A new view of the centre of the galaxy as been captured by a radio telescope in Western Australia.
The image shows what the Milky Way would look like if humans could see radio waves.
Astrophysicist Dr Natasha Hurley-Walker, from the Curtin University node of the International Centre for Radio Astronomy Research (ICRAR), created the images using the Pawsey Supercomputing Centre in Perth.
“This new view captures low-frequency radio emission from our galaxy, looking both in fine detail and at larger structures,” she explains.
“Our images are looking directly at the middle of the Milky Way, towards a region astronomers call the Galactic Centre.”
An artist's impression supernova
The Murchison Widefield Array (MWA) telescope captured the image, as the data compiled allows maps of the sky to be formed.
“It’s the power of this wide frequency range that makes it possible for us to disentangle different overlapping objects as we look toward the complexity of the Galactic Centre,” Dr Hurley-Walker said.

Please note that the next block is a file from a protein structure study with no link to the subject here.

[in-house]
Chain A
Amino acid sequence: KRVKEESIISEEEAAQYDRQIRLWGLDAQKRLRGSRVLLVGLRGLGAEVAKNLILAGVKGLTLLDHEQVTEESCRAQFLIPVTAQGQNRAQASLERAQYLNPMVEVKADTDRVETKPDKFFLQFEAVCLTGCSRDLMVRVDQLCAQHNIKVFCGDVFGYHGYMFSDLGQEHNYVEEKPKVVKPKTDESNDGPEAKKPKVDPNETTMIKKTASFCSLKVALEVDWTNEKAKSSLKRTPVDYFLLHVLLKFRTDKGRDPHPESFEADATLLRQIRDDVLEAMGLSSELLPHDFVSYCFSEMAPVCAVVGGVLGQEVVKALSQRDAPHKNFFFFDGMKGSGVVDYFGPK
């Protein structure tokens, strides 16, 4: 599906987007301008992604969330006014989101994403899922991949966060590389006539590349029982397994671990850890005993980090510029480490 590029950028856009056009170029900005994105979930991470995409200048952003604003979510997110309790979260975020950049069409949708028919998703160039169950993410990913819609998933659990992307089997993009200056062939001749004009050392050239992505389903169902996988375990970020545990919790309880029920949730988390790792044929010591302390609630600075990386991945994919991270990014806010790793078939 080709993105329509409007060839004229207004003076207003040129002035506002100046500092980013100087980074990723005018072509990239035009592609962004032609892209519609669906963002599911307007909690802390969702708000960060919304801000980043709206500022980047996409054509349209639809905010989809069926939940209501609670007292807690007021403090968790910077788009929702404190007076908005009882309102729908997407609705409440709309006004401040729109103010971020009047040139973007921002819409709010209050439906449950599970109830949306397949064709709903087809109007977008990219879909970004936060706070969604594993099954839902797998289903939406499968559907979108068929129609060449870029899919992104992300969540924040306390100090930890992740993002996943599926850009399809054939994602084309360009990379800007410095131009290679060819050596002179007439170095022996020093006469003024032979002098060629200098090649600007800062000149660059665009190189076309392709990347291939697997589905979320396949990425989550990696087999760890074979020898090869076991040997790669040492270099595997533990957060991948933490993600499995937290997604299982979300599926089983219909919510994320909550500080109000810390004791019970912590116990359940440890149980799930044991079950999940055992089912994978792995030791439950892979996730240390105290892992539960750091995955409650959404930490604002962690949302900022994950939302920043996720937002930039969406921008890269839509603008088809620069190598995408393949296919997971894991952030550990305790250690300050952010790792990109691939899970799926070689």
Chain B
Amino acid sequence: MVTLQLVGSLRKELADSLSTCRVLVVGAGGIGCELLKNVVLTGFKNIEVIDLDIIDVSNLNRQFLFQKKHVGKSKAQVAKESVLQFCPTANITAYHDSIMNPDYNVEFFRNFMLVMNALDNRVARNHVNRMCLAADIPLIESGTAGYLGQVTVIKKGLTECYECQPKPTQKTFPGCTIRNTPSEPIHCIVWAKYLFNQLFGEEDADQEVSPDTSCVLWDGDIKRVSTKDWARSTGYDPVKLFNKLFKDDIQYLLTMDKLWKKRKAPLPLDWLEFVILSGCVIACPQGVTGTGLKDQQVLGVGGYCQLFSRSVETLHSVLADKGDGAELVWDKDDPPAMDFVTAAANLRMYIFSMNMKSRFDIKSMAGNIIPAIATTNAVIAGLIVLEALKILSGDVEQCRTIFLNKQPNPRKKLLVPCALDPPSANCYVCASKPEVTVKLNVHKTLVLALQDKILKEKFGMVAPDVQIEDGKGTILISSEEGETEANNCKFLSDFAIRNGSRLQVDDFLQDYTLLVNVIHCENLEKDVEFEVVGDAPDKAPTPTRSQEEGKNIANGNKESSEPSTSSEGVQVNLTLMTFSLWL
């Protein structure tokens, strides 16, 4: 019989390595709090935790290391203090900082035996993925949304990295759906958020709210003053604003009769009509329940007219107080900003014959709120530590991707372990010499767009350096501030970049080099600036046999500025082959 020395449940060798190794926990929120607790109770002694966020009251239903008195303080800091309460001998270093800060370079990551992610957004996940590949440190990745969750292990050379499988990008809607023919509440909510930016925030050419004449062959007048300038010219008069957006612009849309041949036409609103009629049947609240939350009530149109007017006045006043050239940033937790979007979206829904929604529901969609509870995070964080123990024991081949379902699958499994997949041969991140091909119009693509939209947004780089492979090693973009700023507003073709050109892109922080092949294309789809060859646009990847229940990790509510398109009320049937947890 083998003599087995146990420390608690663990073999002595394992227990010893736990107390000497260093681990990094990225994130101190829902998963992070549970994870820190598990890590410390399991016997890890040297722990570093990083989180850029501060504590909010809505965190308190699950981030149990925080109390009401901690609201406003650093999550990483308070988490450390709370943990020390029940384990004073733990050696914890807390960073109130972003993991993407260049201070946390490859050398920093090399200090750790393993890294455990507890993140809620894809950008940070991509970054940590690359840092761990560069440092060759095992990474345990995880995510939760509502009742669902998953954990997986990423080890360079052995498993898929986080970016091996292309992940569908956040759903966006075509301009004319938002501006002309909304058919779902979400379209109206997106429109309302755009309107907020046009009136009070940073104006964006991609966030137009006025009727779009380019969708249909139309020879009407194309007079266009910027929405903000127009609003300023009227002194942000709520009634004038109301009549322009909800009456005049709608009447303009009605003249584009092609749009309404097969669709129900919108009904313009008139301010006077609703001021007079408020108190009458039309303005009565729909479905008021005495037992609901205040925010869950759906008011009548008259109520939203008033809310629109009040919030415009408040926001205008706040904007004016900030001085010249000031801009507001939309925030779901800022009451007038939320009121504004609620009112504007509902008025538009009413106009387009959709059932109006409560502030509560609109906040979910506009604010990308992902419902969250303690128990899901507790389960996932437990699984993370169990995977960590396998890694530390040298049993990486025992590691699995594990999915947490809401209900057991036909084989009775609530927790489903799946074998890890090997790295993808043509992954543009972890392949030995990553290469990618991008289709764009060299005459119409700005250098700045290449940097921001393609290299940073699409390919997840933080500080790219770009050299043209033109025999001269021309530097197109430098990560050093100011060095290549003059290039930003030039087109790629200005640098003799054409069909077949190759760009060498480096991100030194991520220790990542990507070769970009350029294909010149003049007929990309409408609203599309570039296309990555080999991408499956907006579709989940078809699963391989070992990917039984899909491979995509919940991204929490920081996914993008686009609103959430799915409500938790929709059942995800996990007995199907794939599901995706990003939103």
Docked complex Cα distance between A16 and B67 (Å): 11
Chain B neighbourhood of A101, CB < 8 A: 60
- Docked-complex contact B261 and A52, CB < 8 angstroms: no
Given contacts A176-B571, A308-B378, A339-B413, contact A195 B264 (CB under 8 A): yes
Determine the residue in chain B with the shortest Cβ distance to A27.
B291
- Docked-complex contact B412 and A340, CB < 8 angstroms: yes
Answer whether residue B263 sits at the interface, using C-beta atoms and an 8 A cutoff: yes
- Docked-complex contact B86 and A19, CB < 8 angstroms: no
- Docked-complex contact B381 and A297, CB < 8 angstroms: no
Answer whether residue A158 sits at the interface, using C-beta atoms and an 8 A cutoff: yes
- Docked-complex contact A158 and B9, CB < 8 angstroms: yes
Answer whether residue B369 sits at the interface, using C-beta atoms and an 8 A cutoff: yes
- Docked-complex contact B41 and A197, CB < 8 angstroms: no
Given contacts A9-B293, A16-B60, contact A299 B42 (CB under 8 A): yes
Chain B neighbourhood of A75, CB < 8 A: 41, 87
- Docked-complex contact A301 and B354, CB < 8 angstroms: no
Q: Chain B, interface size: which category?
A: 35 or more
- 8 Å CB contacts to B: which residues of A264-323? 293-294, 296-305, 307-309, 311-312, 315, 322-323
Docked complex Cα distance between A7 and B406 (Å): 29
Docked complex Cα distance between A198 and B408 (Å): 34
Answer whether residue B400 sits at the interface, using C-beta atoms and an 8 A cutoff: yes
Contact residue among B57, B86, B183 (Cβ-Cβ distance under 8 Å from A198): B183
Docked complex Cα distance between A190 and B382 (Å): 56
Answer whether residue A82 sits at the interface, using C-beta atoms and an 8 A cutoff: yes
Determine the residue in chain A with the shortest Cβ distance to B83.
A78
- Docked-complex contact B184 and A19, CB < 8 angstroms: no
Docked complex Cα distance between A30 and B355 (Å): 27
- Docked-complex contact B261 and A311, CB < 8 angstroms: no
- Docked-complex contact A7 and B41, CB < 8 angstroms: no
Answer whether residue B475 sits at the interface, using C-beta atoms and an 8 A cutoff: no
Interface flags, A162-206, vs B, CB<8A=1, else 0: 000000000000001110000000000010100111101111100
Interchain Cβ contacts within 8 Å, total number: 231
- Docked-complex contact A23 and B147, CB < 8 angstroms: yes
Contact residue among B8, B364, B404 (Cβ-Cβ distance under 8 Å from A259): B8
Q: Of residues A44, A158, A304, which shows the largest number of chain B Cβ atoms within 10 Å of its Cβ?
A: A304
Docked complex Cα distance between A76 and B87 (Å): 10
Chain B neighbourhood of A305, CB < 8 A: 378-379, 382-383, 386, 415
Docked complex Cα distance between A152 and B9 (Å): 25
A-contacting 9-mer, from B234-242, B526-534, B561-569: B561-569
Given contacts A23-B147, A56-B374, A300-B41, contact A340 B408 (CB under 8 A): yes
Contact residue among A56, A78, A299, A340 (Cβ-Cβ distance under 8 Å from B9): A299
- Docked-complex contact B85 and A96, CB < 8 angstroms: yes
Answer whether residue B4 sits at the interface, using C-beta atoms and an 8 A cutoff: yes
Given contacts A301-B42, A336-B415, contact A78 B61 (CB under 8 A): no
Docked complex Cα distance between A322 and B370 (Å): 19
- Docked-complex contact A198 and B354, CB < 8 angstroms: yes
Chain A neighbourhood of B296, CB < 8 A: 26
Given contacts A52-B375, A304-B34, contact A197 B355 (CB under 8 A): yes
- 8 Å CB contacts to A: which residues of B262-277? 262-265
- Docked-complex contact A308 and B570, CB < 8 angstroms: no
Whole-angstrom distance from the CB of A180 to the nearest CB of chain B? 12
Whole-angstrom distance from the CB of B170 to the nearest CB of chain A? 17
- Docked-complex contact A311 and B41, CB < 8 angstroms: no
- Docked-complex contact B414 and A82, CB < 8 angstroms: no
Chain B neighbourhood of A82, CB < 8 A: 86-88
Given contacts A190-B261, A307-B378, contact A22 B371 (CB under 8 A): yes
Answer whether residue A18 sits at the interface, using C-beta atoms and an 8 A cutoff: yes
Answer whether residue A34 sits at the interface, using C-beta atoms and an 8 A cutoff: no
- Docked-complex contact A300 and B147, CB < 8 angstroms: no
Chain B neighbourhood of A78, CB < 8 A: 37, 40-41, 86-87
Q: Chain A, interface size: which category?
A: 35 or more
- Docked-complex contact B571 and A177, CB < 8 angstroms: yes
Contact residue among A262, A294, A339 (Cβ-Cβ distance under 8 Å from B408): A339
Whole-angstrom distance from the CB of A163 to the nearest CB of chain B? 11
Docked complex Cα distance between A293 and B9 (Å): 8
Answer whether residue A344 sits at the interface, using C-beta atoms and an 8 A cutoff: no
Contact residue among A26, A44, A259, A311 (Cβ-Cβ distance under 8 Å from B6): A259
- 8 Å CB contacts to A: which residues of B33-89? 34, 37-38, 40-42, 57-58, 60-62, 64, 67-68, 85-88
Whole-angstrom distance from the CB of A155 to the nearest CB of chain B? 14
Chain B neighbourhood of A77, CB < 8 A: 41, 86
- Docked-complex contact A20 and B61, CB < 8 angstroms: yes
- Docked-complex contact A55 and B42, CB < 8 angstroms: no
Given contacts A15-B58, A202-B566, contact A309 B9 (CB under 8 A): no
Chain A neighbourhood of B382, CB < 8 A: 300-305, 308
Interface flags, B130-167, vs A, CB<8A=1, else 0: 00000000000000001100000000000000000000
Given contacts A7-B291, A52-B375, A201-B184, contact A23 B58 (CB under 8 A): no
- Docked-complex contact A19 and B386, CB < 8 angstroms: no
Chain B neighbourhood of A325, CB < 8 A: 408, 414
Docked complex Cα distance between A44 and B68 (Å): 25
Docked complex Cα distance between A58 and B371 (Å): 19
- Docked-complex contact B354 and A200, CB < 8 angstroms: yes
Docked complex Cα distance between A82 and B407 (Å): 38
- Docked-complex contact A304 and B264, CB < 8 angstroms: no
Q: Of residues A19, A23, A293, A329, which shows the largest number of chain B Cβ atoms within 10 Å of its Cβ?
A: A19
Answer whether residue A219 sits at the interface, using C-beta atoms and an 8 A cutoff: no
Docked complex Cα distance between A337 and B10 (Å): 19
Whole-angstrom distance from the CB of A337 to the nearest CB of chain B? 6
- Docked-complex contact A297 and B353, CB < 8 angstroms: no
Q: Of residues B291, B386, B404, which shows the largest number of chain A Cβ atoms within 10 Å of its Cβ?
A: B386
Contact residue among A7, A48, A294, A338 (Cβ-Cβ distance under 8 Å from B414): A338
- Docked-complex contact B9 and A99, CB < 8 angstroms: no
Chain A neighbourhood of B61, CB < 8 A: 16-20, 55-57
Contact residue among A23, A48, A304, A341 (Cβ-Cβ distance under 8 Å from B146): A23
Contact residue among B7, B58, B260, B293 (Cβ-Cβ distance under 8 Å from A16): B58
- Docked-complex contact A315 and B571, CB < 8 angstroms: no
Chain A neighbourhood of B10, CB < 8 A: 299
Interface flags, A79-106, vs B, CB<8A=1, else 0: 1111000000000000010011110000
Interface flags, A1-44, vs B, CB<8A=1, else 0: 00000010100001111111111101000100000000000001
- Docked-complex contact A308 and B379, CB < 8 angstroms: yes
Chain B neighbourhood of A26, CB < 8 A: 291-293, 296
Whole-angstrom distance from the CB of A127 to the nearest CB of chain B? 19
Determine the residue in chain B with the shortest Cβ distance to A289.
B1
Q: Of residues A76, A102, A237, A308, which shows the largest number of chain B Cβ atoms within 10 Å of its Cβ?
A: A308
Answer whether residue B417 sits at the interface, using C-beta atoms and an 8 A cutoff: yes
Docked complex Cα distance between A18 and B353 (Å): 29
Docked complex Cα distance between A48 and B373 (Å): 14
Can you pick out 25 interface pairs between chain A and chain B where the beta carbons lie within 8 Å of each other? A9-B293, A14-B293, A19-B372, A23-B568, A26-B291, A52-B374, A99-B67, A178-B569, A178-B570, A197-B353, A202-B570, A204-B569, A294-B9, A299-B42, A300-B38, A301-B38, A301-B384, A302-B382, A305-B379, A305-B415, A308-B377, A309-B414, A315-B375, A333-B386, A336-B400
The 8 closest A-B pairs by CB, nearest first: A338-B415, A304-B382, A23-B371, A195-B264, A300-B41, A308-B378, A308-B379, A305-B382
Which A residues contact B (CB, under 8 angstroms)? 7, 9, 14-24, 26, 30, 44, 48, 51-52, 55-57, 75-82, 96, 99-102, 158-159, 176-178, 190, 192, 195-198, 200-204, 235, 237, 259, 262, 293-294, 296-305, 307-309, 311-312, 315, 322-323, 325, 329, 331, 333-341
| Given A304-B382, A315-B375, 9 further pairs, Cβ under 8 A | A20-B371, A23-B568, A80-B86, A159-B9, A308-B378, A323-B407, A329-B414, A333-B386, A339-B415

“Essentially, different objects have different ‘radio colours’, so we can use them to work out what kind of physics is at play.”
The technology also allowed the astronomers to find supernovae which died out around 9,000 years ago.
“This is really exciting for us, because it’s hard to find supernova remnants in this phase of life—they allow us to look further back in time in the Milky Way.”